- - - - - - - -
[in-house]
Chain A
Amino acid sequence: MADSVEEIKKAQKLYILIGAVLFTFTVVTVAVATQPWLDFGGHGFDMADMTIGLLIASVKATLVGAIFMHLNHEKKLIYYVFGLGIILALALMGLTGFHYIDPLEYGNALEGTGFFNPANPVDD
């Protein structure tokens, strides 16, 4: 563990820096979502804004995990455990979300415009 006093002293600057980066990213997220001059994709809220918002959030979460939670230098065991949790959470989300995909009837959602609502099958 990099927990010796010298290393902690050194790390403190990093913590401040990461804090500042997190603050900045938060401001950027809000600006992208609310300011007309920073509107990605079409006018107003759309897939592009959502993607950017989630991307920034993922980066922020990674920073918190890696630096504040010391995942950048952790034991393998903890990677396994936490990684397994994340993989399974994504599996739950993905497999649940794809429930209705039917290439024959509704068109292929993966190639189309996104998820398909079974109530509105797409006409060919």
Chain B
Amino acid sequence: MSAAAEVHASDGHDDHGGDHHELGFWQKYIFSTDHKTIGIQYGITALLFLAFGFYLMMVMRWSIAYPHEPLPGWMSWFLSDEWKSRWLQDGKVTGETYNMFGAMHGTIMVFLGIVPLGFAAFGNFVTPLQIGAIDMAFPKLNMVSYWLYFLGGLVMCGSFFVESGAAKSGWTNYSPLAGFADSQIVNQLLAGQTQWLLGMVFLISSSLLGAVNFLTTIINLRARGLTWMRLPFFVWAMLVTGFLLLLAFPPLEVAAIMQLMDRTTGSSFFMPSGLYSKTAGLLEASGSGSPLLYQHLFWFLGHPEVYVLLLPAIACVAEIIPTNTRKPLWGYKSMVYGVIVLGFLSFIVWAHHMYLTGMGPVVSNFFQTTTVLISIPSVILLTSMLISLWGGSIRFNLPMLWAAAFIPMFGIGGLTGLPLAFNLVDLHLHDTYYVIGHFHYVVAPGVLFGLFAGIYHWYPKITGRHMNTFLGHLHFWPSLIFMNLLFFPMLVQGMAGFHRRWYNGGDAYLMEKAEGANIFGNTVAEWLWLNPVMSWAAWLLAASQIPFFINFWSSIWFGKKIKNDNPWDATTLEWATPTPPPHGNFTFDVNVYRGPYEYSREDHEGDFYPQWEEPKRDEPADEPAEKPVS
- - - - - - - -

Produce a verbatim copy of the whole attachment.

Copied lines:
[in-house]
Chain A
Amino acid sequence: MADSVEEIKKAQKLYILIGAVLFTFTVVTVAVATQPWLDFGGHGFDMADMTIGLLIASVKATLVGAIFMHLNHEKKLIYYVFGLGIILALALMGLTGFHYIDPLEYGNALEGTGFFNPANPVDD
């Protein structure tokens, strides 16, 4: 563990820096979502804004995990455990979300415009 006093002293600057980066990213997220001059994709809220918002959030979460939670230098065991949790959470989300995909009837959602609502099958 990099927990010796010298290393902690050194790390403190990093913590401040990461804090500042997190603050900045938060401001950027809000600006992208609310300011007309920073509107990605079409006018107003759309897939592009959502993607950017989630991307920034993922980066922020990674920073918190890696630096504040010391995942950048952790034991393998903890990677396994936490990684397994994340993989399974994504599996739950993905497999649940794809429930209705039917290439024959509704068109292929993966190639189309996104998820398909079974109530509105797409006409060919």
Chain B
Amino acid sequence: MSAAAEVHASDGHDDHGGDHHELGFWQKYIFSTDHKTIGIQYGITALLFLAFGFYLMMVMRWSIAYPHEPLPGWMSWFLSDEWKSRWLQDGKVTGETYNMFGAMHGTIMVFLGIVPLGFAAFGNFVTPLQIGAIDMAFPKLNMVSYWLYFLGGLVMCGSFFVESGAAKSGWTNYSPLAGFADSQIVNQLLAGQTQWLLGMVFLISSSLLGAVNFLTTIINLRARGLTWMRLPFFVWAMLVTGFLLLLAFPPLEVAAIMQLMDRTTGSSFFMPSGLYSKTAGLLEASGSGSPLLYQHLFWFLGHPEVYVLLLPAIACVAEIIPTNTRKPLWGYKSMVYGVIVLGFLSFIVWAHHMYLTGMGPVVSNFFQTTTVLISIPSVILLTSMLISLWGGSIRFNLPMLWAAAFIPMFGIGGLTGLPLAFNLVDLHLHDTYYVIGHFHYVVAPGVLFGLFAGIYHWYPKITGRHMNTFLGHLHFWPSLIFMNLLFFPMLVQGMAGFHRRWYNGGDAYLMEKAEGANIFGNTVAEWLWLNPVMSWAAWLLAASQIPFFINFWSSIWFGKKIKNDNPWDATTLEWATPTPPPHGNFTFDVNVYRGPYEYSREDHEGDFYPQWEEPKRDEPADEPAEKPVS